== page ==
continued “It’s in pretty good shape, so it won’t cost us much to get it ready to go,” Reynolds said. “The students will do the work and we’ll provide parts and materials. Any money needed will come from our (drug) forfeiture account. There won’t be any taxpayer money involved.”
Reynolds is pleased the local students are willing to assist the sheriff’s department.
“It’s helping us and it gives them a little real-life experience working on a piece of machinery like that,” Reynolds said. “If any of them go into the military in the future they could be working on the same type of vehicle.”
Students taking part in the project include Cole Brooks, Doug Marshall and Michael Ennenga of Crown Point, Troy Morin and Ryan Smits of Moriah, Austin Martin of Westport and Atom Farrell of Keene.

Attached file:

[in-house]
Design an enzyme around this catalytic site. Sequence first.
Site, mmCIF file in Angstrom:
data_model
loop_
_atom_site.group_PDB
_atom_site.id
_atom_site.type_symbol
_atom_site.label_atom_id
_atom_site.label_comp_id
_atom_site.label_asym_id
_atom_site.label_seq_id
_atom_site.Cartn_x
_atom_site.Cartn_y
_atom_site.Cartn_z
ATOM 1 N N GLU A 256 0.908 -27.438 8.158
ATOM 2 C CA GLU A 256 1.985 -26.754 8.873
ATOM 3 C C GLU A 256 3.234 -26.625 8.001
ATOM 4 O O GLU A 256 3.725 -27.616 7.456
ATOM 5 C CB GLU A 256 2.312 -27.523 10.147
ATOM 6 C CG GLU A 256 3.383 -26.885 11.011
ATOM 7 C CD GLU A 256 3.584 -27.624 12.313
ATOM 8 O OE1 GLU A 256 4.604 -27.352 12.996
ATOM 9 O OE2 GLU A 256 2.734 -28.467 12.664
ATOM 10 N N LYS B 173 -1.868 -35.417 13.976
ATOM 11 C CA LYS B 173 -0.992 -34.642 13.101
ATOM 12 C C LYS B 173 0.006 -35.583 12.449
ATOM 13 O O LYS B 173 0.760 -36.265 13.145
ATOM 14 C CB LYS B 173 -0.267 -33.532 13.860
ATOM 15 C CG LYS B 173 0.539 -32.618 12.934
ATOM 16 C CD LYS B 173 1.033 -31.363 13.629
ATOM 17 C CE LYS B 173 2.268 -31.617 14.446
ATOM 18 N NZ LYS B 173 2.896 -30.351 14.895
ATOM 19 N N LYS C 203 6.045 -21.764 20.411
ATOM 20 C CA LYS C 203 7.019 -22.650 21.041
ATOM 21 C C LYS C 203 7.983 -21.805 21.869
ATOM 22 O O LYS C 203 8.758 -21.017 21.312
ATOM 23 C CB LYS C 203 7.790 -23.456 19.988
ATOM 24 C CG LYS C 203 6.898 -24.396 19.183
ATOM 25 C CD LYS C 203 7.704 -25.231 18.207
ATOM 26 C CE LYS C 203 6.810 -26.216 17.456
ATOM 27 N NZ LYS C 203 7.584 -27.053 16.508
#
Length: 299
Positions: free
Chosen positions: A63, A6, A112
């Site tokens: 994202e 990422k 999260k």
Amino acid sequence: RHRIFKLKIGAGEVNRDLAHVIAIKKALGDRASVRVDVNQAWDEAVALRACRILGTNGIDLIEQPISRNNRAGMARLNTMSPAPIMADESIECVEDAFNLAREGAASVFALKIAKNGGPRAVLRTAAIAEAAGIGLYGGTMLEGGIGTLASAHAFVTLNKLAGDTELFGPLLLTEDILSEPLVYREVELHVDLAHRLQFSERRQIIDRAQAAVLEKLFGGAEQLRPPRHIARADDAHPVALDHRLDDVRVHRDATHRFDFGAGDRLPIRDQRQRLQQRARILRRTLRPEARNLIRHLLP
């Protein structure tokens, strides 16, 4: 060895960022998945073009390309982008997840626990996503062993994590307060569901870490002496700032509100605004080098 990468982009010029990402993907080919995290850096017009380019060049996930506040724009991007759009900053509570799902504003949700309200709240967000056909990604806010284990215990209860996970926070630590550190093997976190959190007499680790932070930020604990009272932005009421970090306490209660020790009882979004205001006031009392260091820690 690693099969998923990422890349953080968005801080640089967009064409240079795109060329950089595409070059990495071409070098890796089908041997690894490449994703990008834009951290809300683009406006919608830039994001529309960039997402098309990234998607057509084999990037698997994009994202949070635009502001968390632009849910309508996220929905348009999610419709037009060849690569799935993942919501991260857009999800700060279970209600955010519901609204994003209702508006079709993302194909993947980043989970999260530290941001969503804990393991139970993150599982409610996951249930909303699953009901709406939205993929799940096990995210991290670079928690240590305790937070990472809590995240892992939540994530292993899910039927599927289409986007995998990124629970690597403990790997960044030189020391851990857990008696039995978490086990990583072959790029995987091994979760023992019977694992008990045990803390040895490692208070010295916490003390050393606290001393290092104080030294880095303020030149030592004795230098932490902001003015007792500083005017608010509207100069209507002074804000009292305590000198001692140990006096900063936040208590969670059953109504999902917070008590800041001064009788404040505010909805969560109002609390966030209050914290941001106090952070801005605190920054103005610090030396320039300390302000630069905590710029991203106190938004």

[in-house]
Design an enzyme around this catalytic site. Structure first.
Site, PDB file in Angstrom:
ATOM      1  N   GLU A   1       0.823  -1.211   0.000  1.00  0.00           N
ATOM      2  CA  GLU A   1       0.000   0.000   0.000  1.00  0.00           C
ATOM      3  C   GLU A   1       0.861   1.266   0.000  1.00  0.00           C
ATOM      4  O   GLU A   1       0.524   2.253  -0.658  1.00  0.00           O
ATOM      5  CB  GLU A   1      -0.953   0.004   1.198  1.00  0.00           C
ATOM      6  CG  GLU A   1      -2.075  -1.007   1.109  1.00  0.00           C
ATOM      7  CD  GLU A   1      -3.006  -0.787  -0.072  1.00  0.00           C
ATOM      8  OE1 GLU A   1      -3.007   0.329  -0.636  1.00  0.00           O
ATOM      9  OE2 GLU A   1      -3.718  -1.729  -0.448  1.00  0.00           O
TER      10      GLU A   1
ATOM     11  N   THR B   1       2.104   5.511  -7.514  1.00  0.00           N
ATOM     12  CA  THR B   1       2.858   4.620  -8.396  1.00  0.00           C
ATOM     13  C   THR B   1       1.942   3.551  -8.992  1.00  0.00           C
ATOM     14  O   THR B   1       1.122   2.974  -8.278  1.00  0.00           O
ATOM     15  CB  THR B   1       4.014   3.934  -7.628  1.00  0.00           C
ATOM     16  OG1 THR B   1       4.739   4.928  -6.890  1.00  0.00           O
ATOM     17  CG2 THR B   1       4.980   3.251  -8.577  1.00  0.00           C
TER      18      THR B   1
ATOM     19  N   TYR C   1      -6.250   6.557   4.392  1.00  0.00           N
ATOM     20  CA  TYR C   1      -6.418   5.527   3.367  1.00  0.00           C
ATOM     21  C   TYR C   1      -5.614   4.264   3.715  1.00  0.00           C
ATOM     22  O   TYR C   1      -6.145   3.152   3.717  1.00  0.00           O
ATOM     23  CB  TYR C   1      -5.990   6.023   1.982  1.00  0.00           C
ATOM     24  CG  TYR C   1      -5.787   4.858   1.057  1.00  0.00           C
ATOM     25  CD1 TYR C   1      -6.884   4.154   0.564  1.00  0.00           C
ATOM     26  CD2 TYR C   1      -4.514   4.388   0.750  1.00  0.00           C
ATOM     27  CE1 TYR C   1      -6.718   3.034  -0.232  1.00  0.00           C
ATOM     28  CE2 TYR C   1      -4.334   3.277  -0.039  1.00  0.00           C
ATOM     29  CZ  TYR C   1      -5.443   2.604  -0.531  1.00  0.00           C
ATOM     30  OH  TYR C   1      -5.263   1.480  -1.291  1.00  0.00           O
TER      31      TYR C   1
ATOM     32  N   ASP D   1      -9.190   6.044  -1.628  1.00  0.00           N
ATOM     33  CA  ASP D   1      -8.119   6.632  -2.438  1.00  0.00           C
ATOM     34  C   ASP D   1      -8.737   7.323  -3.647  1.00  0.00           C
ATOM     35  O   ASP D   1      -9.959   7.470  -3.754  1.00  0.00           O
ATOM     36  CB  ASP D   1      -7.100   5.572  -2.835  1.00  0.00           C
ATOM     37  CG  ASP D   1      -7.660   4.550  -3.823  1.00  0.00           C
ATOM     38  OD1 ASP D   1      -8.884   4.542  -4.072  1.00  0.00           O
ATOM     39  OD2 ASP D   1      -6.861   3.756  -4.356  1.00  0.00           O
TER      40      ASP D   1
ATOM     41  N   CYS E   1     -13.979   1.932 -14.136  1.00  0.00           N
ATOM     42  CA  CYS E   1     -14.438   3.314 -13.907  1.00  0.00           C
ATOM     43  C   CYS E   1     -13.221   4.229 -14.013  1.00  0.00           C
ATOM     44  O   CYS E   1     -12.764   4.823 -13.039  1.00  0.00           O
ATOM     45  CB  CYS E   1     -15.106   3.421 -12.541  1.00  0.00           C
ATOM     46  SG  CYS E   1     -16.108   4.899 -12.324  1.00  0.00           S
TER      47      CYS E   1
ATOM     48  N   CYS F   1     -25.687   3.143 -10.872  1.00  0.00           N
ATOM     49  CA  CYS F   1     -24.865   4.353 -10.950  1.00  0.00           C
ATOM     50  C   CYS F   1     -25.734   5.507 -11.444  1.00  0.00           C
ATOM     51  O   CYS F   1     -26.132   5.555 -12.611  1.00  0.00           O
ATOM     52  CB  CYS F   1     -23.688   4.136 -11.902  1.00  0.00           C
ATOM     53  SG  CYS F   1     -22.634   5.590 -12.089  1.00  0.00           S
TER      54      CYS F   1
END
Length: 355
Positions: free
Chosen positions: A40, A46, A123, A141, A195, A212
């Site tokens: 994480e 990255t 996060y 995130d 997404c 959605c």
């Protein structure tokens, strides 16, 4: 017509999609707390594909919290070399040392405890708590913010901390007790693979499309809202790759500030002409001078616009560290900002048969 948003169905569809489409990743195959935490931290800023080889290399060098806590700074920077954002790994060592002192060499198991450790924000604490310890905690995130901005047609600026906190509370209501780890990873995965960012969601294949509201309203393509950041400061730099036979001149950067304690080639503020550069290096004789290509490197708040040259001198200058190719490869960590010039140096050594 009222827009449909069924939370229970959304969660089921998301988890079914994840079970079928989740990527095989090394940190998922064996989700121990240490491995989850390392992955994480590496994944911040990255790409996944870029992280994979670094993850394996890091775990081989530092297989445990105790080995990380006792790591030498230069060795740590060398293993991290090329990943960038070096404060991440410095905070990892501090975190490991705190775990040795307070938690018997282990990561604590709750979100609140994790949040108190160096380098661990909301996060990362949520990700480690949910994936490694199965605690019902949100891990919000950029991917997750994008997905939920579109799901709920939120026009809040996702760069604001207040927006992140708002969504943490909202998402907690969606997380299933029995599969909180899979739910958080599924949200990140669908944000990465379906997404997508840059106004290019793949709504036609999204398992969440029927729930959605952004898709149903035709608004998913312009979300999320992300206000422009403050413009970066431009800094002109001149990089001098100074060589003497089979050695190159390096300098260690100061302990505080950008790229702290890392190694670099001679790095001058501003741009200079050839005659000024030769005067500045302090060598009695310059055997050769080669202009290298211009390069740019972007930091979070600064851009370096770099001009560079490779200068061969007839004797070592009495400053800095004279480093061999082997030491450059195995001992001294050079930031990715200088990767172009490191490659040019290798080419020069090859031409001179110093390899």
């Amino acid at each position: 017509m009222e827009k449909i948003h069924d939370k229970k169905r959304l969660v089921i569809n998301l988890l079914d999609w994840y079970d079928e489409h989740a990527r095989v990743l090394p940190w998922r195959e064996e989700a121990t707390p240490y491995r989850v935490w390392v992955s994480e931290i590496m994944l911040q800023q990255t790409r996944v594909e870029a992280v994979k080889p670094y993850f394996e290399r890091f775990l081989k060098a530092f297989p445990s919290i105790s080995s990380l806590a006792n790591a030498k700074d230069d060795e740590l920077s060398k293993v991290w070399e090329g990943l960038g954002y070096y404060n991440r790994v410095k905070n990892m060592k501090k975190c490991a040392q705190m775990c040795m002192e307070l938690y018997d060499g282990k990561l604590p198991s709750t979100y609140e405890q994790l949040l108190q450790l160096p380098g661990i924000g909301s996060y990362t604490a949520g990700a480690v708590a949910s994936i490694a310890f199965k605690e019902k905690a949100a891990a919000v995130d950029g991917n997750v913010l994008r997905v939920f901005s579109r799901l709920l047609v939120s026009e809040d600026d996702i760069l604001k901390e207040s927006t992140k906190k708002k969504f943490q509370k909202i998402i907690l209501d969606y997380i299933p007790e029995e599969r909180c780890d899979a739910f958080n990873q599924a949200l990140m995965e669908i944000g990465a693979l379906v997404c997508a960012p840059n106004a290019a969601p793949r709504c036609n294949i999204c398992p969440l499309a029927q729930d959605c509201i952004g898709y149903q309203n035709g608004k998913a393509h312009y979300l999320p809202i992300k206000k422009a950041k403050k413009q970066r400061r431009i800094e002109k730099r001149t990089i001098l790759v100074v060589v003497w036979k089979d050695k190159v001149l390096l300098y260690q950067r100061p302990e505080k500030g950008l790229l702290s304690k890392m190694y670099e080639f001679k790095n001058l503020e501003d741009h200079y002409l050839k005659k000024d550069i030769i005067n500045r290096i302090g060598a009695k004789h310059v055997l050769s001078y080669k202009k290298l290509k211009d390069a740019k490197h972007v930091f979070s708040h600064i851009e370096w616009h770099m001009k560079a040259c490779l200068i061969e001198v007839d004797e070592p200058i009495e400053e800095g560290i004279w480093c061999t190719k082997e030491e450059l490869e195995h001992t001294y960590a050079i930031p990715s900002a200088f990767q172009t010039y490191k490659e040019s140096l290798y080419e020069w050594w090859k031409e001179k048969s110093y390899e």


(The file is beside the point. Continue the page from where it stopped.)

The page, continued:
Assisting the class are Marc Austin and Gene Staubitz, former Mineville auto tech students, who are now employees of Village Auto in Crown Point. Miclette owns Village Auto.
“I think it’s great to have them helping out,” Miclette said his former students. “They have a lot of skills and they are a good example for the class.”
Helping when the humvee arrived were Anthony Childs, Jordan Greenough and Brandon Chappell, Moriah students who were “shadowing” the auto tech program for the day.